Tuesday, December 2, 2014

Review: A Barricade In Hell (Delia Martin #2) by Jaime Lee Moyer

Release Date: June 3, 2014
Publisher: Tor Books
Source: Publisher
Author Links: Goodreads | Website | Twitter

Delia Martin has been gifted (or some would say cursed) with the ability to peer across to the other side. Since childhood, her constant companions have been ghosts. She used her powers and the help of those ghosts to defeat a twisted serial killer terrorizing her beloved San Francisco. Now it's 1917—the threshold of a modern age—and Delia lives a peaceful life with Police Captain Gabe Ryan.
That peace shatters when a strange young girl starts haunting their lives and threatens Gabe. Delia tries to discover what this ghost wants as she becomes entangled in the mystery surrounding a charismatic evangelist who preaches pacifism and an end to war. But as young people begin to disappear, and audiences display a loyalty and fervor not attributable to simple persuasion, that message of peace reveals a hidden dark side.

As Delia discovers the truth, she faces a choice—take a terrible risk to save her city, or chance losing everything?



I feel like I'm being very generous by giving this 3 stars.
Then again, maybe historical paranormal mysteries just aren't my thing?
Don't get me wrong, this wasn't a chore to read, but it never really captured my attention.

First, let's start off with what I really liked about the story.,.
I loved Delia and Gabe's relationship. They are just such a rock solid couple, and there's a lot of mutual respect that runs both ways between them.
I also love the way Moyer describes the city of San Francisco in 1917. She makes it seem like another character in her story, and really brings the time period to life.
Moyer also does an incredible job bringing the side characters to life. Dora, Jack, and Sam are all vividly written, and feel very real on the page.

Unfortunately, the mystery isn't much of a mystery. You know almost immediately who the Bad Guy is, and then it's just up to these guys to find a way to stop them.
And sometimes that approach really works, but it just didn't do it for me this time. There was absolutely no tension, so it felt like our intrepid heroes just plodded along toward the conclusion.

Another problem is that Delia herself isn't a very interesting character.
Dora (Delia's mentor) is a bohemian medium who regularly puts herself in harm's way to rid people of evil spirits.
Delia is a woman who sees ghosts...and tries to help Dora.
Dora is flirtatious, full of life, and haunted by the painful emotions of everything she comes into contact with. She appears to have quite a (somewhat hidden) drinking problem in order to cope with what she sees and feels. She uses her knowledge of spells and charms to ward her home, and the homes of anyone who needs protection from spirits.
Delia is a nice married lady who wants to make sure her husband and friends are safe.
Do you see where I'm going with this?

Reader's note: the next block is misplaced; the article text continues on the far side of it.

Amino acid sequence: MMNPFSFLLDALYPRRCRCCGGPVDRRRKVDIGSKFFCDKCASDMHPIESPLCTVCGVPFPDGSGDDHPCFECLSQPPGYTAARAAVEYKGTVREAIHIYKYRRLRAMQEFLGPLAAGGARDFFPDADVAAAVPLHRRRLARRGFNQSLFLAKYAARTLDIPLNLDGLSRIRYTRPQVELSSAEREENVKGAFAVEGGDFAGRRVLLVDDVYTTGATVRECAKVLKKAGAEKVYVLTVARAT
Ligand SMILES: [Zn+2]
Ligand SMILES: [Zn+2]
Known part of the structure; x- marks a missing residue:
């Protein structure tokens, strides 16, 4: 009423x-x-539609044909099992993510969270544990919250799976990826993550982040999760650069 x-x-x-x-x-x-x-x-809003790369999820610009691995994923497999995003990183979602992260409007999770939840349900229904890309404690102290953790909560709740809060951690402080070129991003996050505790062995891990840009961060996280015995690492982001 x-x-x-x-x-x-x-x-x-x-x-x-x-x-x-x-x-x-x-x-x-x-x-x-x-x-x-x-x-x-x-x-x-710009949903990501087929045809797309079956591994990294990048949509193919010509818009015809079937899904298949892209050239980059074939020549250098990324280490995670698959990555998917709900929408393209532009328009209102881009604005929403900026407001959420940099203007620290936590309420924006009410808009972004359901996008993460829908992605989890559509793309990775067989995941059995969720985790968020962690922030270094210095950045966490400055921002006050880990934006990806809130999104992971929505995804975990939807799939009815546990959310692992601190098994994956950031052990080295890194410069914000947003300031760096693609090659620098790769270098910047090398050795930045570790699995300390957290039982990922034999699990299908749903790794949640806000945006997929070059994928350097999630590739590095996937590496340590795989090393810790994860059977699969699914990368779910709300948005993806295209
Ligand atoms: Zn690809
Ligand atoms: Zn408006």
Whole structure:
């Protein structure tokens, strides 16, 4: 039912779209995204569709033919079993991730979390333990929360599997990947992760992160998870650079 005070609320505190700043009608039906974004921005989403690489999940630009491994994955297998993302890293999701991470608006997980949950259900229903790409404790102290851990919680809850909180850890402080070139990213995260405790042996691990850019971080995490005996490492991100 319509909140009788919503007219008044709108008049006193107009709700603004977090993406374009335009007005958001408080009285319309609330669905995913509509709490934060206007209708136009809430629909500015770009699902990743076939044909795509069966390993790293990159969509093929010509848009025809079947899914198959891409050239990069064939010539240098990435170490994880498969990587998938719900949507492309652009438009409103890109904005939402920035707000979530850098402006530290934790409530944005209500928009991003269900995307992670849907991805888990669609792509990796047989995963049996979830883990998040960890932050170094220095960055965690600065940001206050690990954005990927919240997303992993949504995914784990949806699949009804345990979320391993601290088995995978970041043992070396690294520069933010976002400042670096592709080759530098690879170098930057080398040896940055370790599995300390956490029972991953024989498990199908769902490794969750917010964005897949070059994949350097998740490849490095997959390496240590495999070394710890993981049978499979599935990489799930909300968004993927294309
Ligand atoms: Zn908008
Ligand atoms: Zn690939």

Why isn't Dora the main character, and Delia a side character?
It doesn't make much sense to me to have the boring one as your lead, because (especially this time around) it felt like the story would have been better from Dora's point of view.
I think the real kicker was when  a spiritual fight (toward the end of the book) took place between Dora and a Bad Guy. Since Delia is the narrator, you never find out what went on while Dora was 'fighting'.
?????
Are you kidding me with that?

Then you have the lighting-fast acceptance that everyone seems to have toward the spiritual world. Gabe is San Francisco's Chief of Police in 1917.
And his wife is continually telling everyone they meet about her talent to see spirits, and nobody gives them a hard time.
Ever.
They're all like, SURE THING! I BELIEVE YOU!
Nobody reports this to the newspaper's gossip column, his superiors never 'have a chat' with him, his officers 'trust that he knows what he's doing', and he still has a job.
Are you shitting me?!
There are WAAAY too many people in on their little secret for something like this not to cause problems for them.
It would cause problems for a public figure today, much less close to 100 years ago!

Then there's the spirit world, itself. Are the ghosts benevolent? Are they trying to help? Are they confused, and lost? Or are they evil?
All we know for sure is that Dora and Delia don't trust them, and keep trying to 'banish' them.
Ghosts are tricky little bastards!
But it seems like it would behoove them to see what these specters actually want, don't you think?
I assumed after the first book didn't elaborate on the rules of the spirit world, that book 2 would have more answers...more clarification? More something to let the reader know whether Delia & CO should reach out to them, or be afraid of any interaction. I'm not sure I'm even explaining this very well, but the world building for the ghostly stuff is (in my opinion)  sorely lacking in these books.

Anyhoo.
Last, but not least, I felt like the ending was abrupt and a bit anticlimactic. It was just...over.
Kind of like this review.








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